View Full Version : french drain
08-29-2010, 08:59 PM
My contractor is putting in my french drain but the pipe does not have holes on the bottom, only on the top and the sides.. Is it correct? Will that be effective in carrying water away or should I have him redo the pipe? thanks
09-02-2010, 05:21 PM
pipes with holes...the holes should be on the bottom of the pipe. Otherwise, any and all water which goes below the top of the pipe can never "get in"..
By any chance does the pipe have holes top AND bottom.
This is a forum which we do not visit so often, hence the long reply time
09-12-2010, 01:33 PM
the pipe has holes on the sides and the top..
09-12-2010, 09:25 PM
The pipe should be turned so that the center row of holes in on the bottom.
09-13-2010, 01:25 AM
It seems counterintuitive, but holes down. The pipe in a french drain doesn't act like a gutter, catching water - rather it acts as a conduit - a path through which the subsurface water can flow more easily than through the surrounding soil. In fact, you don't even need the pipe -- simply making a gravel filled trench (properly pitched away from the problem area) will work - the pipe (in a fabric sleeve), just lasts longer, as eventually the gravel will become loaded with silt and will no longer function as an effective conduit.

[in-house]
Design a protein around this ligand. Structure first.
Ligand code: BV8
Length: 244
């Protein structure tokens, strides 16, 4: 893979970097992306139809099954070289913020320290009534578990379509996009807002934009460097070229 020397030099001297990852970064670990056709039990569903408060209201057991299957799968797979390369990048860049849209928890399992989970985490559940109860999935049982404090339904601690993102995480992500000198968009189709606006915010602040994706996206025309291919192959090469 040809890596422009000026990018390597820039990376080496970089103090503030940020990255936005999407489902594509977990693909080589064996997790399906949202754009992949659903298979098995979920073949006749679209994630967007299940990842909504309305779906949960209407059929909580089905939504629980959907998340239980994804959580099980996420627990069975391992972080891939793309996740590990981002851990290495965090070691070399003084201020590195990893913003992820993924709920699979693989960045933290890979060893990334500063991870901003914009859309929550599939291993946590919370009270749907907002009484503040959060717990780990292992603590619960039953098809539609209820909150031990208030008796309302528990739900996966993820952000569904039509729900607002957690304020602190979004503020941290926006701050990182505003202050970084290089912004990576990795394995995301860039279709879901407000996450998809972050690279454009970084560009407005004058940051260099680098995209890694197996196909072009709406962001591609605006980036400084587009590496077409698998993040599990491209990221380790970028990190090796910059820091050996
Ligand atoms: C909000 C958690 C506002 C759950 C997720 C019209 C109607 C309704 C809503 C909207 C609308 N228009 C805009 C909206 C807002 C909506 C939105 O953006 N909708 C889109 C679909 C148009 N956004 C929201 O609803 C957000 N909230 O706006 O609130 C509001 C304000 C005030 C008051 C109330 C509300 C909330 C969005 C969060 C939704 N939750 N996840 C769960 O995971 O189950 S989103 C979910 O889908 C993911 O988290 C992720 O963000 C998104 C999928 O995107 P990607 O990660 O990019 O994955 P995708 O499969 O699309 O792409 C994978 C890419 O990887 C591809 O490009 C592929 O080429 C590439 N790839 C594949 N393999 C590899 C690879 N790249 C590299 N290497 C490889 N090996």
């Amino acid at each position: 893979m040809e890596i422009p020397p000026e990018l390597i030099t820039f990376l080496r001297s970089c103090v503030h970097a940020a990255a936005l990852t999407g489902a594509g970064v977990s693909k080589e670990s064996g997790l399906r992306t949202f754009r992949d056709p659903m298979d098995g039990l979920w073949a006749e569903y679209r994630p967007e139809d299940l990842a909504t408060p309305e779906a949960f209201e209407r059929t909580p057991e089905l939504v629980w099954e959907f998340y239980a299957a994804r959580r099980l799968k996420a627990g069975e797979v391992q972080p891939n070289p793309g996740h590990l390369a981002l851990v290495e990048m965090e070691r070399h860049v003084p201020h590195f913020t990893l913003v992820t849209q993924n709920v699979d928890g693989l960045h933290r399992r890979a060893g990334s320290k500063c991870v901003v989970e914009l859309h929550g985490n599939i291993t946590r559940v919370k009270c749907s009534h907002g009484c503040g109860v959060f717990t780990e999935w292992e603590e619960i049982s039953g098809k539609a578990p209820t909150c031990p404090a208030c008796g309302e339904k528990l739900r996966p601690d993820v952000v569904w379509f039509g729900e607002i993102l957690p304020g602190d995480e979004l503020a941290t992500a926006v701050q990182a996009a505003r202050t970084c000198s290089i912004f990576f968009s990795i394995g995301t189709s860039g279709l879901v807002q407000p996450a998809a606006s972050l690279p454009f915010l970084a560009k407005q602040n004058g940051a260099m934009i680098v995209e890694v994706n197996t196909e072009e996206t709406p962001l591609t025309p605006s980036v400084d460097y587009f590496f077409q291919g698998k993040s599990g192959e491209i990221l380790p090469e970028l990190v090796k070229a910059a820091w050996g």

If you were to place the pipe holes-up, it would still function, but it would only drain water higher than the level of the holes (and load up with silt faster). Placing the holes down also allows the water to flow out when it reaches an area where the soil is less saturated.
09-13-2010, 02:39 AM
Is the writing stamped on the pipe faced up? This is the proper way for the pipe to be layed. The holes are usually on the lower sides of the pipe.
Water will get into the pipe regardless of how the holes are oriented, but the real question is "what else will get into the pipes through the holes?" If the openings are on top, and are not covered, then debris WILL fall into the pipes and eventually could compromise it. On the bottom any water can either seep out of the pipe if the ground is dry, or discharge it if the ground is soaked.
09-18-2010, 11:08 AM
These things have never worked for me; the soil [clay] may not have been permeable enough or the surface area of the drain volume was too small.
What kind of rainfall did he size it for?
I guess a 25-Year Return Period, Fig. B-6, is pretty decent.